Life Has Changed On The Prairie

Like everyone right now, we are faced with uncertainty mixed in with fear.  Taking action has added excitement and has helped to get our minds off dread of the virus and the future.

Our household now includes myself, my husband, my son and his wife and their 4 children, ages 12, 10, 7 and 5.  We have 3 bedrooms, 1 bath and a large room additionSacred Spaces that was a back porch that we enclosed.  My son and his family were renting a two story, 4 bedroom, 2 bath home on 10 acres that was perfect for their large family.  Their family included 2 cats and a growing rabbit family.  Then one day all that changed in an instant.  During a repair of a plumbing leak under the kitchen sink, the repairman thought he saw black mold which extended into the upstairs bathroom.  Before long, they had to move out.  School had started and because we live in a very rural area, there is a shortage of rental homes, especially for large families.  So we adjusted.  Our back porch is now their living area and we have 4 small children in one bedroom, ala “The Waltons”.  Its been exciting, challenging and a blessing to be a part of their lives every day.

Our life has always included a bit of “prepping”.  That’s part of country life.  In Oklahoma we need to be prepared for tornadoes and for winter ice storms.  A few years back our electric was out for 14 days due to an ice storm.  Fortunately our generator saw us through.  When the news begin to cover the Covid-19 and it’s possible spread to us, I began to inventory what we may need.

  1.  Prescriptions- I ordered a 90 day supply for John and I.
  2.  Over the Counter meds-Everything from headache, stomach, first aid to allergy relief.
  3.  Canned goods.
  4.  Meats- this year we are fortunate to have more than usual.  We have a deer that was harvested last November, part of a beef from the year before and a pig that was purchased from a lady who attends our church.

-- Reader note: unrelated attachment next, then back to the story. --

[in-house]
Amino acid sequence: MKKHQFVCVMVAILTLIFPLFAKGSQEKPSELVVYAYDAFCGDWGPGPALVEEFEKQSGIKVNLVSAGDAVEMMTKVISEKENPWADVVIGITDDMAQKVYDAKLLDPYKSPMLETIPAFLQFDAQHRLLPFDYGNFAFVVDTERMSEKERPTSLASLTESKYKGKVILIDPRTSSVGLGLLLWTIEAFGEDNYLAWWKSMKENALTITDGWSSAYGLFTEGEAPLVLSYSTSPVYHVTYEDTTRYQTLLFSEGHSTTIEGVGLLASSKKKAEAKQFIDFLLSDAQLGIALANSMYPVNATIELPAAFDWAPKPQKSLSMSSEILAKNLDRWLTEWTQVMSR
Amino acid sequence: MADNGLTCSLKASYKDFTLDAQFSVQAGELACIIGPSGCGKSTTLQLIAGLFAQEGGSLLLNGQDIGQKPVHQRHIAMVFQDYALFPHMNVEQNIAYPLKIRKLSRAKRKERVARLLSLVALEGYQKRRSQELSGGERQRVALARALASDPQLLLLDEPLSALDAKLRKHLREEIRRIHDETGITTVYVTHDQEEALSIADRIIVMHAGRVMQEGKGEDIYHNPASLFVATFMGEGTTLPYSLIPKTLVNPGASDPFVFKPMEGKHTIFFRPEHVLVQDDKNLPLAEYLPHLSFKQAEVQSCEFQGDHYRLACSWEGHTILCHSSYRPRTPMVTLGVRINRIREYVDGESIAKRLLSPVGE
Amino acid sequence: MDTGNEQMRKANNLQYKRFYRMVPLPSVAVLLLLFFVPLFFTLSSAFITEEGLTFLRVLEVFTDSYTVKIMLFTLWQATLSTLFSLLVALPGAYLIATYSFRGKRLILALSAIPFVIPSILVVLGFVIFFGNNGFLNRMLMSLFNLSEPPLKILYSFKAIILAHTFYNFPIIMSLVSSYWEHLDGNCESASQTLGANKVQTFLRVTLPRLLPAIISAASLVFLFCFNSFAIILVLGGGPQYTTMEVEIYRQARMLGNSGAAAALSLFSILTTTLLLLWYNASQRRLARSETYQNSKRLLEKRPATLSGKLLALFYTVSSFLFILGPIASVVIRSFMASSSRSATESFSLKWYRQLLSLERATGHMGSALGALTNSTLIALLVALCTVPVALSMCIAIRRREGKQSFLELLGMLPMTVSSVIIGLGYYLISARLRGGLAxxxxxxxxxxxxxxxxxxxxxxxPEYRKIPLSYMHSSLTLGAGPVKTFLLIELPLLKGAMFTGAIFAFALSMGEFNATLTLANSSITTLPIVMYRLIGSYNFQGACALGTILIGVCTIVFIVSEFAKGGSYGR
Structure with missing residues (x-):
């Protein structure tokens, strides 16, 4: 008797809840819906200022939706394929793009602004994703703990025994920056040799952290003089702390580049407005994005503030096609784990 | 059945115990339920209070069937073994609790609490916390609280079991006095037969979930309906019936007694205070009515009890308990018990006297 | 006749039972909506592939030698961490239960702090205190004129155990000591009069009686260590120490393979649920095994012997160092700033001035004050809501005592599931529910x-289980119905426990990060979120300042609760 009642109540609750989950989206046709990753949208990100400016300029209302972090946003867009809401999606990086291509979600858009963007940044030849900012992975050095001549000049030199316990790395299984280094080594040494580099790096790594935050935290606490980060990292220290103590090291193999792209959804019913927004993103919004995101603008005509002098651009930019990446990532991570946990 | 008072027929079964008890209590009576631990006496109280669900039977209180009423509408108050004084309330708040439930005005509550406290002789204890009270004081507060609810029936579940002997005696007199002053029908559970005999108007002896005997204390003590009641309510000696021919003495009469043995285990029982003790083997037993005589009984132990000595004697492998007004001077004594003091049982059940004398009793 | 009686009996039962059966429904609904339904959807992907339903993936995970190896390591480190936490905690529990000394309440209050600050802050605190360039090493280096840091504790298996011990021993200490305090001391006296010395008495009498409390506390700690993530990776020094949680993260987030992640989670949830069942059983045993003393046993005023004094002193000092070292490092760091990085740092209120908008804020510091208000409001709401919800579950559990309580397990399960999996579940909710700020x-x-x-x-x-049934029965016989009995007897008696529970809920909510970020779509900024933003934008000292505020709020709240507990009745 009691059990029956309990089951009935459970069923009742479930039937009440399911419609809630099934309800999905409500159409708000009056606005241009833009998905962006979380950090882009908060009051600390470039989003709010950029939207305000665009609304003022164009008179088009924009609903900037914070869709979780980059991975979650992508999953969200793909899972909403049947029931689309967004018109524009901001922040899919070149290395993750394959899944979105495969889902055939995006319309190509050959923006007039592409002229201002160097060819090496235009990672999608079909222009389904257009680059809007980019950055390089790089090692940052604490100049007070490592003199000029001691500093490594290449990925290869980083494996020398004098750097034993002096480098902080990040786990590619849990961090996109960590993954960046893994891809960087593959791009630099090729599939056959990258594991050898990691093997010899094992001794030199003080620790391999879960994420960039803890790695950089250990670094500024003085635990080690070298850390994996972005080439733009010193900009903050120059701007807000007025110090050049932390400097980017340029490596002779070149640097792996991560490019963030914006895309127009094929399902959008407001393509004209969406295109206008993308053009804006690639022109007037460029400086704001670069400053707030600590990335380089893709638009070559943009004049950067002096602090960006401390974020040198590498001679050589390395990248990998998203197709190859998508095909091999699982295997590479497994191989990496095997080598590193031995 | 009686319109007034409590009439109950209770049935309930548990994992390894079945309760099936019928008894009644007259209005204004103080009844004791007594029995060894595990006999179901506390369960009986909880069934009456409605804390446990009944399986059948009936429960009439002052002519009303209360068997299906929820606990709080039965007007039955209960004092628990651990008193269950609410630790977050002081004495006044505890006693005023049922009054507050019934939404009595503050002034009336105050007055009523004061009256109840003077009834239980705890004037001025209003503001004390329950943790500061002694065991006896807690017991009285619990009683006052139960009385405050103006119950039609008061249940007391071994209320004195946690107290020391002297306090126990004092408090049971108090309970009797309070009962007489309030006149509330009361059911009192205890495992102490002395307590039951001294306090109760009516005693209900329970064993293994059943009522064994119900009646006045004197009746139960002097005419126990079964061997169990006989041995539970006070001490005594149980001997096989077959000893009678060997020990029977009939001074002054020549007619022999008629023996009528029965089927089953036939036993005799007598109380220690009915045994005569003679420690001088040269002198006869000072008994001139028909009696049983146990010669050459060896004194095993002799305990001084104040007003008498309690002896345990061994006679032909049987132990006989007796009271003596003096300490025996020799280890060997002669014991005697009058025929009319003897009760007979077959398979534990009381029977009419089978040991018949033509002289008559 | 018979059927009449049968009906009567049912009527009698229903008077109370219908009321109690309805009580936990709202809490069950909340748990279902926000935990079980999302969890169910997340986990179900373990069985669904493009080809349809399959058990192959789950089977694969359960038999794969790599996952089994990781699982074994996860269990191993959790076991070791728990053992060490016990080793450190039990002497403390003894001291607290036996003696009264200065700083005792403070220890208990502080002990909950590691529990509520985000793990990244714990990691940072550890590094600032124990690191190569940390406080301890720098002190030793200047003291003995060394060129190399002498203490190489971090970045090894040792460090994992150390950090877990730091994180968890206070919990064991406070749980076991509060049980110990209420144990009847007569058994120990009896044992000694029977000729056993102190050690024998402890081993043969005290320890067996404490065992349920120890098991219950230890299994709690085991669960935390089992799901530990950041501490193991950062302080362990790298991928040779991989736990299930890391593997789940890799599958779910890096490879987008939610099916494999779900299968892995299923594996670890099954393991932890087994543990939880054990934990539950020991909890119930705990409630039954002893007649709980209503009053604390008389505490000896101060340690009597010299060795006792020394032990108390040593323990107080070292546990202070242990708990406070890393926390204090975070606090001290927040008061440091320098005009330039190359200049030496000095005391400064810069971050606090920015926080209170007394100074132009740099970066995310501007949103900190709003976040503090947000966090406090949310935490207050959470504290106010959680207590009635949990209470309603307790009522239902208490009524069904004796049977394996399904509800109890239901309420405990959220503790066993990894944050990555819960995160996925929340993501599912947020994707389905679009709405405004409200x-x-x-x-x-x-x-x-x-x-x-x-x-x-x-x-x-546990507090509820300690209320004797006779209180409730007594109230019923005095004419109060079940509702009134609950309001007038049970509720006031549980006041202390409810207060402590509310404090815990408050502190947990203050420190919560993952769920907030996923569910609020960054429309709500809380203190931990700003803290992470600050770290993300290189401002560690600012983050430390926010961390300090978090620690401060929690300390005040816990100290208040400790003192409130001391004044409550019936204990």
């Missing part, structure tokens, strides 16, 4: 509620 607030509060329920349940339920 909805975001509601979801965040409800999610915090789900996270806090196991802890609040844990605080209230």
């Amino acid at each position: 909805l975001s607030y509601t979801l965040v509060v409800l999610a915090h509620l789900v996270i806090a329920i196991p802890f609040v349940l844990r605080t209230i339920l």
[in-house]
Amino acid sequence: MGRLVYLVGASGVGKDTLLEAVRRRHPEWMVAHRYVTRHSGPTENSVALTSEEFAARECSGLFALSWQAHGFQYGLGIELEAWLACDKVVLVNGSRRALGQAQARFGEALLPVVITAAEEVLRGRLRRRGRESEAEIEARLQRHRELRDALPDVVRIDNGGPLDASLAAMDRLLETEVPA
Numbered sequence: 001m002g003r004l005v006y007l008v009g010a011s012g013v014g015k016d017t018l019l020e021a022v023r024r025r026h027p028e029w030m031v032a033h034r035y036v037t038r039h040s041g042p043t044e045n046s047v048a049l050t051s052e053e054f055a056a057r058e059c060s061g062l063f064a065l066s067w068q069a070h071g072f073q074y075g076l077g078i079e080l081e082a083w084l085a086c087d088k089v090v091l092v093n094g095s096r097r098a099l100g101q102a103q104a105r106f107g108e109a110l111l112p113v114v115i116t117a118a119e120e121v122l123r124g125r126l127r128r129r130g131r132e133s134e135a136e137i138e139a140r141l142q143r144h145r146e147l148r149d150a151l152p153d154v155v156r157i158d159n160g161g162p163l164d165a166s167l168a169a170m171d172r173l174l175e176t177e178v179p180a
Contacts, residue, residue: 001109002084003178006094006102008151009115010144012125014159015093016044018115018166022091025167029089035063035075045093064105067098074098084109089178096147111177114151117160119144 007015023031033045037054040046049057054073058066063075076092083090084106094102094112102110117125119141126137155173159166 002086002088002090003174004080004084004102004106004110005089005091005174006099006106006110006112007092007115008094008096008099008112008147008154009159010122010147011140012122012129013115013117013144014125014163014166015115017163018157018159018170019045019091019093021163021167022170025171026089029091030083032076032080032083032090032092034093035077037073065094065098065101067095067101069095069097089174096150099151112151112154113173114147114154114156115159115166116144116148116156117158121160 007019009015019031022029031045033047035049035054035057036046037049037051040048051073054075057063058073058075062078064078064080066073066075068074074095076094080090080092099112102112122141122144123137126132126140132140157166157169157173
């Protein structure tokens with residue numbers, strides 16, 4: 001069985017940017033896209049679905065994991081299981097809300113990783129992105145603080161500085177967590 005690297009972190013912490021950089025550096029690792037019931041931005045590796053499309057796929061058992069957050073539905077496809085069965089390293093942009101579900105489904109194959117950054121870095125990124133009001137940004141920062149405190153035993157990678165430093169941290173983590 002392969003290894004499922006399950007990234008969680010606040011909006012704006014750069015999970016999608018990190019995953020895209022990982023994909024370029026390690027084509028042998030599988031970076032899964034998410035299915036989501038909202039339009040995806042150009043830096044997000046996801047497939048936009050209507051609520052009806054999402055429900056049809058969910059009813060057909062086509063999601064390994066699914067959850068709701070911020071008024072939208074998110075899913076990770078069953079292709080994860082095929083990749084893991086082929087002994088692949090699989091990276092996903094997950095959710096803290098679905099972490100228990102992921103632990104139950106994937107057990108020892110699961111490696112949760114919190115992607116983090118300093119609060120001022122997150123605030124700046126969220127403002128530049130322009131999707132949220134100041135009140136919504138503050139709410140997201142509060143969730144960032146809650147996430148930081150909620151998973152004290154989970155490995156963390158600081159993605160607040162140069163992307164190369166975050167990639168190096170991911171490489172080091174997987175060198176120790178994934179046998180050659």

5.  Gardening seeds and supplies.  In recent years our vegetable garden has got smaller each year.  This year my son and daughter-in-law has suggested we have a real garden, one that will support us.
  6.   Baking supplies – Flour, oats, baking soda, baking powder, salt
  7.  Cleaning supplies – Lysol spray, disinfectant wipes, bleach, hydrogen peroxide
  8.   Paper goods – We don’t hoard toilet paper but with a family of 8 we keep a pretty good supply on hand.  My D-I-L purchased flannel to make “family cloth” if needed when the tp supply runs out.
  9.  Fuel and oil for cars, tractor and generator.
  10.  Get the cellar cleaned and stocked for tornado season.

I have a small flock of egg laying chickens that we keep in a movable pen.  They are aging and egg production has slowed down.  Yesterday, my Daughter-in-law and I went to Atwoods, our local farm goods store,  to purchase chicks, starter feed, and feeding equipment.  My plan was to only buy about 12 but my son suggested we get about 20.  They are straight run so we probably will have extra roosters that can be used for chicken and dumplings.

School has let out until April 6th here.  My grandchildren’s school year ends the first week of May so we expect school will not start back until the fall.  D-I-L is planning to homeschool the remainder of the year and possibly next year.

I’m sure there are holes in our planning.  We just do what we can and trust God for everything.  This is uncharted times for our generation but I feel as a family and a nation we’ll be much stronger having gone through this together.  How has your family prepared and what are you doing to keep up your spirits?




Slowdown on the Prairie


We awoke this morning with an unexpected blanket of snow on the ground. Once again Oklahoma and God has provided an unexpected weather change. Yes, it has been very cold the last couple of days (for Oklahoma) but the weather man predicted just a dusting.